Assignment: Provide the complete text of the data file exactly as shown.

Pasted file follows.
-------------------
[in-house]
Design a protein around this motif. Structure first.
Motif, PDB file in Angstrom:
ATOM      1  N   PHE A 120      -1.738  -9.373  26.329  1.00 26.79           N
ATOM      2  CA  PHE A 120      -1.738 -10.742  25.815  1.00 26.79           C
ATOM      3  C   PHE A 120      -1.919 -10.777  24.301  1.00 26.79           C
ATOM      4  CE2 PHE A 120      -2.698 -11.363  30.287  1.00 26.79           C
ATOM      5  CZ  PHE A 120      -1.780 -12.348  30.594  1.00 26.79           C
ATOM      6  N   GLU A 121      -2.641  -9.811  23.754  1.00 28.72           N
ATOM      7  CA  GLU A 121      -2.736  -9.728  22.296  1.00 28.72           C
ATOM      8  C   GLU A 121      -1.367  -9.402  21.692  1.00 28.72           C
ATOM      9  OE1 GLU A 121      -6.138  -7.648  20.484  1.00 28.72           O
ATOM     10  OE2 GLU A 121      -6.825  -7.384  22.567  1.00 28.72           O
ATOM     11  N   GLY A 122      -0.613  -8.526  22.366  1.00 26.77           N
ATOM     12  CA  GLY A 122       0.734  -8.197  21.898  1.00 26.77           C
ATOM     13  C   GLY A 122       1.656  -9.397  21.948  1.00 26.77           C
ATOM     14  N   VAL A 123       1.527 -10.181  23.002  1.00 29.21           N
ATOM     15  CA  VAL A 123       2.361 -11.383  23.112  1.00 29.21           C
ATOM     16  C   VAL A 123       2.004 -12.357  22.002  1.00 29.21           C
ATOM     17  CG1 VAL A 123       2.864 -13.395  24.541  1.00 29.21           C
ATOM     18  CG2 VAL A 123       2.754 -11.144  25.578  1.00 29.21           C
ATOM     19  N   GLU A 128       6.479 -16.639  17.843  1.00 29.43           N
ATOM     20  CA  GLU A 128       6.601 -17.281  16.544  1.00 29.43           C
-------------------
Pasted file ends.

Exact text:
[in-house]
Design a protein around this motif. Structure first.
Motif, PDB file in Angstrom:
ATOM      1  N   PHE A 120      -1.738  -9.373  26.329  1.00 26.79           N
ATOM      2  CA  PHE A 120      -1.738 -10.742  25.815  1.00 26.79           C
ATOM      3  C   PHE A 120      -1.919 -10.777  24.301  1.00 26.79           C
ATOM      4  CE2 PHE A 120      -2.698 -11.363  30.287  1.00 26.79           C
ATOM      5  CZ  PHE A 120      -1.780 -12.348  30.594  1.00 26.79           C
ATOM      6  N   GLU A 121      -2.641  -9.811  23.754  1.00 28.72           N
ATOM      7  CA  GLU A 121      -2.736  -9.728  22.296  1.00 28.72           C
ATOM      8  C   GLU A 121      -1.367  -9.402  21.692  1.00 28.72           C
ATOM      9  OE1 GLU A 121      -6.138  -7.648  20.484  1.00 28.72           O
ATOM     10  OE2 GLU A 121      -6.825  -7.384  22.567  1.00 28.72           O
ATOM     11  N   GLY A 122      -0.613  -8.526  22.366  1.00 26.77           N
ATOM     12  CA  GLY A 122       0.734  -8.197  21.898  1.00 26.77           C
ATOM     13  C   GLY A 122       1.656  -9.397  21.948  1.00 26.77           C
ATOM     14  N   VAL A 123       1.527 -10.181  23.002  1.00 29.21           N
ATOM     15  CA  VAL A 123       2.361 -11.383  23.112  1.00 29.21           C
ATOM     16  C   VAL A 123       2.004 -12.357  22.002  1.00 29.21           C
ATOM     17  CG1 VAL A 123       2.864 -13.395  24.541  1.00 29.21           C
ATOM     18  CG2 VAL A 123       2.754 -11.144  25.578  1.00 29.21           C
ATOM     19  N   GLU A 128       6.479 -16.639  17.843  1.00 29.43           N
ATOM     20  CA  GLU A 128       6.601 -17.281  16.544  1.00 29.43           C